In his first day at a new high school, Eric looked around in disbelief: A third of his class was asleep. Fast asleep. Heads down. Out of it.
The teacher ignored them, as well as the students who chatted through her lecture.
This was not an urban American classroom. It was South Korea, a nation with some of the highest-achieving students in the world.
Eric is one of the American high school students featured in journalist Amanda Ripley’s fascinating book, “The Smartest Kids in the World and How They Got that Way.”
In Korea, they get that way by devoting more hours to schoolwork than most U.S. students spend awake.
Eric learned that his Korean counterparts napped in school because their real exertion began at night when they went to highly competitive private tutoring academies, or “hagwons.” The law calls for the hagwons to end at 11 p.m., but Ripley found they often exceeded the curfew. So, kids in Korea attend two shifts of school every day.
All that effort is to excel on a single test that determines whether students are admitted to one of Korea’s three most prestigious universities.
I interviewed Ripley at the recent AJC Decatur Book Festival about her book, which explores three countries that lifted themselves out of the education doldrums to become models of effective reform: South Korea, Finland and Poland. Her research is humanized and energized by the experiences and candor of American students who chose to spend a year of high school in those countries.
While American parents increasingly chafe at standardized tests, Korean parents revere the tests as all-important. When their children do not do well, there are no excuses or blaming the test, says Ripley. There is the message, “You didn’t work hard enough, and you had to work harder the next time.”
Ripley compares the Korean education system to a hamster wheel powered by a no-excuses culture of rigor. America’s system — with its rationalizations of failure, its extension of second and third chances and its acceptance of underperformance — is more akin to a moon bounce, she says.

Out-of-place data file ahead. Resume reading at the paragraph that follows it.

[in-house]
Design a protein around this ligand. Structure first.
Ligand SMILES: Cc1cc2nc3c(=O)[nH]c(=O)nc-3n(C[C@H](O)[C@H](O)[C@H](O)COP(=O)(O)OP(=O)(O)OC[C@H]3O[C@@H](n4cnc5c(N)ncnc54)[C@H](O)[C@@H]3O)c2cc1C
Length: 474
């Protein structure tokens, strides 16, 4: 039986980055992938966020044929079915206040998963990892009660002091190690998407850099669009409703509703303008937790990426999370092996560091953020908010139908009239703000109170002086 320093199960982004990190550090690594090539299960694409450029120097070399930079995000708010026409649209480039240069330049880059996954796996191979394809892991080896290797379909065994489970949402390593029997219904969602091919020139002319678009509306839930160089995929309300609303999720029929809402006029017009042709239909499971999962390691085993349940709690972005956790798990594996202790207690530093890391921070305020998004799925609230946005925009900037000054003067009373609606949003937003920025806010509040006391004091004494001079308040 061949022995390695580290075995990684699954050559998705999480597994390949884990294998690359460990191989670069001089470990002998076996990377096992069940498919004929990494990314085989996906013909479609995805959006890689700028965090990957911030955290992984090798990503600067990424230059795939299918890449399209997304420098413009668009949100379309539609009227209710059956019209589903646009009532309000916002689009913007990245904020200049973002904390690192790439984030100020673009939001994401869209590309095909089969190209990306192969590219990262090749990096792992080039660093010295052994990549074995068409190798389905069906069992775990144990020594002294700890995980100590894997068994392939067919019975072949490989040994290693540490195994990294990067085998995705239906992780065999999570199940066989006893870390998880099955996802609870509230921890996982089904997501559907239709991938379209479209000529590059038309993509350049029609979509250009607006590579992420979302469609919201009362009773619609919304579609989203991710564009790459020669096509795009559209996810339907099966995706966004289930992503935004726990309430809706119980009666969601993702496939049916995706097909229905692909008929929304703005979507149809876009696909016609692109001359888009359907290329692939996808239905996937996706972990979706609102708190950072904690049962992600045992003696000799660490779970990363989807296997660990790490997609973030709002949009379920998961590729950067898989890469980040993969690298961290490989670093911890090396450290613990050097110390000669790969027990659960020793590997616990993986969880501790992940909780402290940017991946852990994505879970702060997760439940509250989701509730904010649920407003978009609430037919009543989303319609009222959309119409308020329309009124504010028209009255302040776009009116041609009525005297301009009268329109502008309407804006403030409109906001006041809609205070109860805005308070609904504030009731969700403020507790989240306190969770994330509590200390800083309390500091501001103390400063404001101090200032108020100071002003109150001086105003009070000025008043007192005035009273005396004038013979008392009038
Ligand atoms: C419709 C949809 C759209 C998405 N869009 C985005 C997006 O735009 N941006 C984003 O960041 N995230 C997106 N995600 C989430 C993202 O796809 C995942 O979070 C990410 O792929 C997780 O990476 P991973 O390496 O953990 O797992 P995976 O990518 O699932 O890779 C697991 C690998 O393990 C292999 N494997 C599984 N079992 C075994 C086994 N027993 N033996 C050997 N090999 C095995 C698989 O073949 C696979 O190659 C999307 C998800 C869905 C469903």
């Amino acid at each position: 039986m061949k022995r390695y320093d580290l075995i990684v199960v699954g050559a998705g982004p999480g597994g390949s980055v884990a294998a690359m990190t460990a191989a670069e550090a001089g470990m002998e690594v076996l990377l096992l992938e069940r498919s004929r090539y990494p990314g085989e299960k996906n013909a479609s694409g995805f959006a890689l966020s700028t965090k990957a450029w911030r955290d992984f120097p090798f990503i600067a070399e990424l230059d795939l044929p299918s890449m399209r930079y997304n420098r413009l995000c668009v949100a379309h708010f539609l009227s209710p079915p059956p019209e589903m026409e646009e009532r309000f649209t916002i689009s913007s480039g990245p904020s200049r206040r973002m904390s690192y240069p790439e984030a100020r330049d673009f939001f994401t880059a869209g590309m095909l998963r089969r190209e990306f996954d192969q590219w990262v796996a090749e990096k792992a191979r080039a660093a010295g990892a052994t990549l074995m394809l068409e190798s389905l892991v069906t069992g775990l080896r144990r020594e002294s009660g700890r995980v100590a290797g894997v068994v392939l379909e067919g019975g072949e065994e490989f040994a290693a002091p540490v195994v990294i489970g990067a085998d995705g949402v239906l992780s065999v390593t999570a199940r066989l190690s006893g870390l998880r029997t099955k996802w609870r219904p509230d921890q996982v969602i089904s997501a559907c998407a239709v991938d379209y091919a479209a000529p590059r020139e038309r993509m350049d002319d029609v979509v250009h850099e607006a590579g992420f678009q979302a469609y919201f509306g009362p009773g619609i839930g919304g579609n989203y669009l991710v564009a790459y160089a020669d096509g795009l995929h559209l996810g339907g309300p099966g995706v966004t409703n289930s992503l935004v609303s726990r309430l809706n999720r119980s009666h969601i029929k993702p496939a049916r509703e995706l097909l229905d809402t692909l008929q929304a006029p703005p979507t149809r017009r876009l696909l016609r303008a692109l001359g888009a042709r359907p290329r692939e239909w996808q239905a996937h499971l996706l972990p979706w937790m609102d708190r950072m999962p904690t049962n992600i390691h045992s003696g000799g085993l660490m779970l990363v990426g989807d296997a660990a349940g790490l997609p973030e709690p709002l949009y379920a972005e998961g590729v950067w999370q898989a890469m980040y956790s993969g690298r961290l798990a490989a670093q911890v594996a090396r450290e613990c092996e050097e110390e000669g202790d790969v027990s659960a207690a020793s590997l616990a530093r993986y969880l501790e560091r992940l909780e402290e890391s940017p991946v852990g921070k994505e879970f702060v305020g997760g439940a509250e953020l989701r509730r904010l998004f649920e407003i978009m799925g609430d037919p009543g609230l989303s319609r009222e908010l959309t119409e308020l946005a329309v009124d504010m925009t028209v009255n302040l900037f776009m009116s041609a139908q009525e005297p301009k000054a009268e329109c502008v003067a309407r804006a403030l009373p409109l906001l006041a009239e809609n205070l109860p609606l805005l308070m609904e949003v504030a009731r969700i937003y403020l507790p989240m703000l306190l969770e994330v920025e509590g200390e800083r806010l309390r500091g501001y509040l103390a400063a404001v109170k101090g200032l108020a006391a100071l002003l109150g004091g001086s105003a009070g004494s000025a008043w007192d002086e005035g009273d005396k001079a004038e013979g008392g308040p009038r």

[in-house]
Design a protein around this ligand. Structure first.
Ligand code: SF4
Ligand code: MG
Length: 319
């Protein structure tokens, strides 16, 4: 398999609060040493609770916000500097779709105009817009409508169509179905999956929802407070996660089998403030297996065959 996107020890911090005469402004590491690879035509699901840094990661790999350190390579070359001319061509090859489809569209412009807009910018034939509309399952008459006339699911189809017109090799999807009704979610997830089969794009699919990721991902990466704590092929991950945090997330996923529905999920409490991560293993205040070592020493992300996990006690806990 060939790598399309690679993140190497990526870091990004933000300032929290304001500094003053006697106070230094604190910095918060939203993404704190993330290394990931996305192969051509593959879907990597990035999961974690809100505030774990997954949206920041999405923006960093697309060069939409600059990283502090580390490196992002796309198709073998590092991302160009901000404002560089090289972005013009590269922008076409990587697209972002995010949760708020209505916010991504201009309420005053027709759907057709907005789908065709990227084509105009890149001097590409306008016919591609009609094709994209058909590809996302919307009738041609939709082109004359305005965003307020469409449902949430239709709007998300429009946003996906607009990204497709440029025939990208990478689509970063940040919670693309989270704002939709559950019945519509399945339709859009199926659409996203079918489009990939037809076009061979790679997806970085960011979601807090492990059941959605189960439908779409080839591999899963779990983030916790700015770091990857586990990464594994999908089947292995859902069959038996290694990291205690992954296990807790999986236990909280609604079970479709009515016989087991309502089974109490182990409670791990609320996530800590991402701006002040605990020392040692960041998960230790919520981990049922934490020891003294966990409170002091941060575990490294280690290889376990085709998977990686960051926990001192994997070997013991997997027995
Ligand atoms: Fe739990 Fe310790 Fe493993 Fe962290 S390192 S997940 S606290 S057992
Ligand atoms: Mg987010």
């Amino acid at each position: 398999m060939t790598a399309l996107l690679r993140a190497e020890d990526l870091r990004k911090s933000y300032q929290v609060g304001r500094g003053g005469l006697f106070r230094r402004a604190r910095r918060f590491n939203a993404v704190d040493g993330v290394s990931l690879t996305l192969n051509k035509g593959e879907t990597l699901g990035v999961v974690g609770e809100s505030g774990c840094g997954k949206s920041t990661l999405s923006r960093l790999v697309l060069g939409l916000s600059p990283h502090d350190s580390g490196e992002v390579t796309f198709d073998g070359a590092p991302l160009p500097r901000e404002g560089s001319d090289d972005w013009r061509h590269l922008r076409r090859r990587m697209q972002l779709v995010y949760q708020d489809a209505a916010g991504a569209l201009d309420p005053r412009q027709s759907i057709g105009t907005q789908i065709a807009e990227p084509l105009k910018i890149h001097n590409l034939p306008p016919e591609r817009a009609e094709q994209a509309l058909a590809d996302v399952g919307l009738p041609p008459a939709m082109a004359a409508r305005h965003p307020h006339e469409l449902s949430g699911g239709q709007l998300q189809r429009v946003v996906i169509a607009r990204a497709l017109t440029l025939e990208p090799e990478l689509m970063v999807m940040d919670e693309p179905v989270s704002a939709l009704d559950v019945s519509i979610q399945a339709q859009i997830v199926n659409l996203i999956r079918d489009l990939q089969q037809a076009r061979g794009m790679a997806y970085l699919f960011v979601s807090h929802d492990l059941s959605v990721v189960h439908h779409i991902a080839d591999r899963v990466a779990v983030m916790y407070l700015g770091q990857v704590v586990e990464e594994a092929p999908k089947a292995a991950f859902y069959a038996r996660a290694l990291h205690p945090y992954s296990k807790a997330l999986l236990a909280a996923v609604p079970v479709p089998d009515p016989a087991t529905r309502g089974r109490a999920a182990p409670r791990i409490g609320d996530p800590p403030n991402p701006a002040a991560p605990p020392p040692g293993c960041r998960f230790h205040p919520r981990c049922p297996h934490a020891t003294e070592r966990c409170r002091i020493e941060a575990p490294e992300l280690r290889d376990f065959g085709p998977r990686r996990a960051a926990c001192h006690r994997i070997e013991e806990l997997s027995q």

After reading her book, I told Ripley I prefer the moon bounce. Inefficient and indulgent, it still seems more humane than the unforgiving regimen that Korean students endure.
Ripley would choose — with reluctance — the hamster wheel, explaining, “It was relentless and excessive, yes. But it also felt more honest. Kids in hamster-wheel counties know what it felt like to grapple with complex ideas and think outside their comfort zone; they understood the value of persistence. They knew what it felt like to fail, work harder and do better. They were prepared for the modern world.”
The moon bounce cheats kids by feeding them “a soft diet of pabulum by middling professionals. If they failed, there were few obvious consequences.”
Of course, there is a happy medium between U.S. lassitude and Korean compulsion. It’s Finland.
All eyes — in education, at least — have been on Finland since the country shucked the mantle of mediocrity and vaulted to the top despite schools that would appear to be designed by Ferris Bueller.
In Finland, high school students can leave school during their 70-minute free periods and visit a coffee shop. Teachers don’t schedule conferences with parents. If there’s a problem, teachers meet with students. Finnish students have less homework than most of the rest of the world and take their first standardized test at age 16.
So what is Finland’s secret?
One of the most highly educated, selective teaching forces in the world. Ripley highlights the differences in teacher education in Finland and America by focusing on Kim, a teen from Oklahoma who went to Finland to escape a mediocre high school that valued football over academics.
Kim’s Finnish teacher Stara had to apply to a teaching program as selective as MIT. It was only in her fourth year of the six-year course that Stara began her teacher training. She spent a full year training in one of Finland’s top schools with three teacher mentors. She taught while they observed and gave her critiques.
Kim’s math teacher back in Oklahoma told Ripley that he became a teacher mostly so he could coach football. He attended a college with a 75 percent acceptance rate. He majored in physical education and minored in math.
One of the most telling passages in the book is a conversation Ripley had with a Finnish high school student studying in the United States about how little was expected here. Work was assigned, the student said, but nothing happened if students didn’t do it. And students rarely had to prove they learned the material.
She tells Ripley: “Not much is demanded of U.S. students. … We did so many posters.”
“I remember telling my friend, ‘Are you kidding me? Another poster?’”
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